Example Continued 2

Data Extraction (or Data Abstraction)

Once the eligible studies are identified, the next step, known as “Data Extraction” (or “Data Abstraction”), involves gathering the “required information” about each study from the journal articles and other reports of studies identified from the Data Sources.

This “required information” includes information about the characteristics of the study, such as where the study was done, how many participants were included, and what interventions were tested. It also includes information about the reported outcomes and the results for each outcome.

Notice how the ARAS study authors describe both the process for extracting this data and a list of the data items that were extracted:

Data from each study were extracted by 1 of 6 experienced methodologists and confirmed by at least 1 other. Extracted data included study, participant, and ARAS characteristics; interventions; outcomes; and study design…

The ARAS study authors also describe how they used extracted data to assess the potential risk of bias for each research study:
Two reviewers independently assessed risk of bias at the study level, with notation of specific outcomes at increased risk of bias… Two reviewers independently categorized the strength of evidence across studies as high, moderate, or low for each outcome category…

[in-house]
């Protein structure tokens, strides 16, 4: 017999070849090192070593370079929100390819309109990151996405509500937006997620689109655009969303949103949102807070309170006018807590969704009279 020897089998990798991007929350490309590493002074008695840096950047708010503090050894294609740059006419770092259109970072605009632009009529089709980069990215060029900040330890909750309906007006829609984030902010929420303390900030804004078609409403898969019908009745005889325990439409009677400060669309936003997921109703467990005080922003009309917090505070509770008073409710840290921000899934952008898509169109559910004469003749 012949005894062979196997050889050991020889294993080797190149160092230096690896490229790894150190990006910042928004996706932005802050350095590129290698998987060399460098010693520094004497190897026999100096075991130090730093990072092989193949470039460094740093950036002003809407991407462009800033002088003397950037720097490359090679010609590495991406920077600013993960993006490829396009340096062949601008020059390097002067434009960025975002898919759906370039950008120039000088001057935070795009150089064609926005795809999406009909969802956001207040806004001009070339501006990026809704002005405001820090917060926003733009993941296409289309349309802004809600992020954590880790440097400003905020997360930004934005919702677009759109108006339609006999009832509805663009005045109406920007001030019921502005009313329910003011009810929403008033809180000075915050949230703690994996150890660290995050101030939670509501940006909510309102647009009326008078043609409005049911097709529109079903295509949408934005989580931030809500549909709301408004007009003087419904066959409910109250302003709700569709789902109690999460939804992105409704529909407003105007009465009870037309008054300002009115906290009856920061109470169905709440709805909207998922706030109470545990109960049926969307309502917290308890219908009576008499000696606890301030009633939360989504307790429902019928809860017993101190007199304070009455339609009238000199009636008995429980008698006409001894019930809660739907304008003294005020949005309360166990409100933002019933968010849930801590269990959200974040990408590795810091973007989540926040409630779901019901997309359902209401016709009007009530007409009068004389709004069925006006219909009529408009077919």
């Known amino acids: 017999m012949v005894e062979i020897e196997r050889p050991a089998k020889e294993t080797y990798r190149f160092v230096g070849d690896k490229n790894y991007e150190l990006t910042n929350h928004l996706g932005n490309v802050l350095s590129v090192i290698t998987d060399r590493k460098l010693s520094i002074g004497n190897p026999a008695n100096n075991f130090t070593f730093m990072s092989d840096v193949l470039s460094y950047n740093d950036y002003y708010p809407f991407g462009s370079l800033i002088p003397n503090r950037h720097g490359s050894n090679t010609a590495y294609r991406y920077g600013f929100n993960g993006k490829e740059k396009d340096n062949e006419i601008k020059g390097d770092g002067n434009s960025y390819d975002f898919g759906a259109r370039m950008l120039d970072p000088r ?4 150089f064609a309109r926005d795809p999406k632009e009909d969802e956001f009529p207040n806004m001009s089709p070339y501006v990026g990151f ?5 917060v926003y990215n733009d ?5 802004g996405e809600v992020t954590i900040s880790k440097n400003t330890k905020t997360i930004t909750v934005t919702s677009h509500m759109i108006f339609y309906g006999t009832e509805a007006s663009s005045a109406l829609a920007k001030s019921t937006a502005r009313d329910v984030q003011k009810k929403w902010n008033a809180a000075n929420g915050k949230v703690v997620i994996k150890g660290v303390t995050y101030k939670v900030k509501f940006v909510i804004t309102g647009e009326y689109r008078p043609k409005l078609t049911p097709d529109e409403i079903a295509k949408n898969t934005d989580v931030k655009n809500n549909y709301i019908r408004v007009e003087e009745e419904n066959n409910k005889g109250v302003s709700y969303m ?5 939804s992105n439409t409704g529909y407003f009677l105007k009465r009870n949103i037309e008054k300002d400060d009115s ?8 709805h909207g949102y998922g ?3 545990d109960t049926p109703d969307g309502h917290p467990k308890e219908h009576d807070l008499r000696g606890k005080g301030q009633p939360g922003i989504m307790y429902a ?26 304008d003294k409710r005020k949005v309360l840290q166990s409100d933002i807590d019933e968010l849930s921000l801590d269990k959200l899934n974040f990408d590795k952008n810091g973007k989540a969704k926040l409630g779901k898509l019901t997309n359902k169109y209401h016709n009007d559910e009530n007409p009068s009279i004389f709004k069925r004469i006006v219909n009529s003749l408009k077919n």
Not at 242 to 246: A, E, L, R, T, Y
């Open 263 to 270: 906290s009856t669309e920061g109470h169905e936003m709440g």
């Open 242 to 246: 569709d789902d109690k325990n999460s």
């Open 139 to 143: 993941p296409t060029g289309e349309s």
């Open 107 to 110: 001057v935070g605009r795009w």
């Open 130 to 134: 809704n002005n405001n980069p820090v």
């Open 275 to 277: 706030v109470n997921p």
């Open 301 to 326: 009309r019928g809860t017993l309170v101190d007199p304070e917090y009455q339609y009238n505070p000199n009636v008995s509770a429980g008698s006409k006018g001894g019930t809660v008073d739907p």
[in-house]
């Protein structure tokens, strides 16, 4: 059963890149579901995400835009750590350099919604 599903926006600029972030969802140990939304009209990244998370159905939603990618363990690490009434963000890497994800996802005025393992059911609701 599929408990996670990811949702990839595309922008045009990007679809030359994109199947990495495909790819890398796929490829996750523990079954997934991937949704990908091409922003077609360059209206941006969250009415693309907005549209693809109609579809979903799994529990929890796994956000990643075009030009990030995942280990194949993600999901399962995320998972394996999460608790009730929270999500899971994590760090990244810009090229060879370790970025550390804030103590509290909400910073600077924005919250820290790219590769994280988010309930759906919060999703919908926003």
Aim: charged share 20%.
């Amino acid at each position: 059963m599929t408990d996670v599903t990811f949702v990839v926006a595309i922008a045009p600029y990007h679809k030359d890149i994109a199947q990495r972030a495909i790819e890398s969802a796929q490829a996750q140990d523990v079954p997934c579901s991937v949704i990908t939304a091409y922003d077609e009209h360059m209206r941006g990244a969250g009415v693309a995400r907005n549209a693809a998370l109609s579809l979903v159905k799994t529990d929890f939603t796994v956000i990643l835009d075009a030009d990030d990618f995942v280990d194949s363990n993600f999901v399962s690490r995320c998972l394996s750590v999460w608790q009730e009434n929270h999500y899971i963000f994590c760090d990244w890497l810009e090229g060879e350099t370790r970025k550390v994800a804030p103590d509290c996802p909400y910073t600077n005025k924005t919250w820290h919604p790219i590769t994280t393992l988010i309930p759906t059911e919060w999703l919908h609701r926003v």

Data Synthesis

After researchers extract the necessary data, they next combine the data from the individual studies that were selected for the systematic review. This is known as “Data Synthesis.” When researchers use statistical tools to combine data, this is known as a “meta-analysis.” It’s important to name the statistical model and software program that were used to do this work.

In the case of the ARAS study, meta-analysis wasn’t possible, so here is how the study authors described their approach to data synthesis approach this way:

Meta-analysis was not conducted because of significant clinical heterogeneity. Between-group comparisons are summarized by effect size (expressed as either a hazard ratio [HR] or an odds ratio) and were synthesized qualitatively.